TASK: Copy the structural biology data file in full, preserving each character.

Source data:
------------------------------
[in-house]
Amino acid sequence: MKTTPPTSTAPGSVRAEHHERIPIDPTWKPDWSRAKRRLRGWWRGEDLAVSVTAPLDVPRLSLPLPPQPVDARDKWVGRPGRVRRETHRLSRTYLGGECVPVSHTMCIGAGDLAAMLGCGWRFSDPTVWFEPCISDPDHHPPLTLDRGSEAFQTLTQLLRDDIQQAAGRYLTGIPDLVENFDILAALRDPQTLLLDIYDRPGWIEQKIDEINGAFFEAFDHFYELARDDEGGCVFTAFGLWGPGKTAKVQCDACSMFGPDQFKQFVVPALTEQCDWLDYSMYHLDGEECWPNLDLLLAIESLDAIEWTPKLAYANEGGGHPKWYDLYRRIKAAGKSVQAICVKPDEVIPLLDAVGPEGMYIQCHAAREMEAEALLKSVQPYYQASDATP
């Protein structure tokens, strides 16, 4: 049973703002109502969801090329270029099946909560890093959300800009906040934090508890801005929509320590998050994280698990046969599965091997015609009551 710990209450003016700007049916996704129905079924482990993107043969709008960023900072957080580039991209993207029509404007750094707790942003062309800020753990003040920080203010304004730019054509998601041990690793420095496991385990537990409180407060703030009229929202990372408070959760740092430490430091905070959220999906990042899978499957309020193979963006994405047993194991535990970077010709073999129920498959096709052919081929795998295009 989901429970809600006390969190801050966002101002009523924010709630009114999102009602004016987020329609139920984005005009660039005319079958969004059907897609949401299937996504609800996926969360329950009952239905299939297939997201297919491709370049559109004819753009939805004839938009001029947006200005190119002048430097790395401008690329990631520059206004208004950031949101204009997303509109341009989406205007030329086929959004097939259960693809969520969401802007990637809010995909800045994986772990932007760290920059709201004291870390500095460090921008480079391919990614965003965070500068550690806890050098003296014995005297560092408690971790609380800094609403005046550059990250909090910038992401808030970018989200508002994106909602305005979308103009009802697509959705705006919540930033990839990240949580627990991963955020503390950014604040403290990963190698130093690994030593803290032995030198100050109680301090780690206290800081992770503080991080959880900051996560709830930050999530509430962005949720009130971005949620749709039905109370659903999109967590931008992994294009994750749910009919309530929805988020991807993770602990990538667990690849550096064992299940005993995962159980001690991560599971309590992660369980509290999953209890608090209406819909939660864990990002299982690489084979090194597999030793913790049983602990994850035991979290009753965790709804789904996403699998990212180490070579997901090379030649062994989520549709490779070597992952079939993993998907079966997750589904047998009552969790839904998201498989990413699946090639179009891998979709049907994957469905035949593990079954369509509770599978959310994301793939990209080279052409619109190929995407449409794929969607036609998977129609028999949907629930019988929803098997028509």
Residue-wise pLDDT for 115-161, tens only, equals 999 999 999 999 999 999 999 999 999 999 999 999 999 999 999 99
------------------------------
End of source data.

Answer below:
[in-house]
Amino acid sequence: MKTTPPTSTAPGSVRAEHHERIPIDPTWKPDWSRAKRRLRGWWRGEDLAVSVTAPLDVPRLSLPLPPQPVDARDKWVGRPGRVRRETHRLSRTYLGGECVPVSHTMCIGAGDLAAMLGCGWRFSDPTVWFEPCISDPDHHPPLTLDRGSEAFQTLTQLLRDDIQQAAGRYLTGIPDLVENFDILAALRDPQTLLLDIYDRPGWIEQKIDEINGAFFEAFDHFYELARDDEGGCVFTAFGLWGPGKTAKVQCDACSMFGPDQFKQFVVPALTEQCDWLDYSMYHLDGEECWPNLDLLLAIESLDAIEWTPKLAYANEGGGHPKWYDLYRRIKAAGKSVQAICVKPDEVIPLLDAVGPEGMYIQCHAAREMEAEALLKSVQPYYQASDATP
């Protein structure tokens, strides 16, 4: 049973703002109502969801090329270029099946909560890093959300800009906040934090508890801005929509320590998050994280698990046969599965091997015609009551 710990209450003016700007049916996704129905079924482990993107043969709008960023900072957080580039991209993207029509404007750094707790942003062309800020753990003040920080203010304004730019054509998601041990690793420095496991385990537990409180407060703030009229929202990372408070959760740092430490430091905070959220999906990042899978499957309020193979963006994405047993194991535990970077010709073999129920498959096709052919081929795998295009 989901429970809600006390969190801050966002101002009523924010709630009114999102009602004016987020329609139920984005005009660039005319079958969004059907897609949401299937996504609800996926969360329950009952239905299939297939997201297919491709370049559109004819753009939805004839938009001029947006200005190119002048430097790395401008690329990631520059206004208004950031949101204009997303509109341009989406205007030329086929959004097939259960693809969520969401802007990637809010995909800045994986772990932007760290920059709201004291870390500095460090921008480079391919990614965003965070500068550690806890050098003296014995005297560092408690971790609380800094609403005046550059990250909090910038992401808030970018989200508002994106909602305005979308103009009802697509959705705006919540930033990839990240949580627990991963955020503390950014604040403290990963190698130093690994030593803290032995030198100050109680301090780690206290800081992770503080991080959880900051996560709830930050999530509430962005949720009130971005949620749709039905109370659903999109967590931008992994294009994750749910009919309530929805988020991807993770602990990538667990690849550096064992299940005993995962159980001690991560599971309590992660369980509290999953209890608090209406819909939660864990990002299982690489084979090194597999030793913790049983602990994850035991979290009753965790709804789904996403699998990212180490070579997901090379030649062994989520549709490779070597992952079939993993998907079966997750589904047998009552969790839904998201498989990413699946090639179009891998979709049907994957469905035949593990079954369509509770599978959310994301793939990209080279052409619109190929995407449409794929969607036609998977129609028999949907629930019988929803098997028509």
Residue-wise pLDDT for 115-161, tens only, equals 999 999 999 999 999 999 999 999 999 999 999 999 999 999 999 99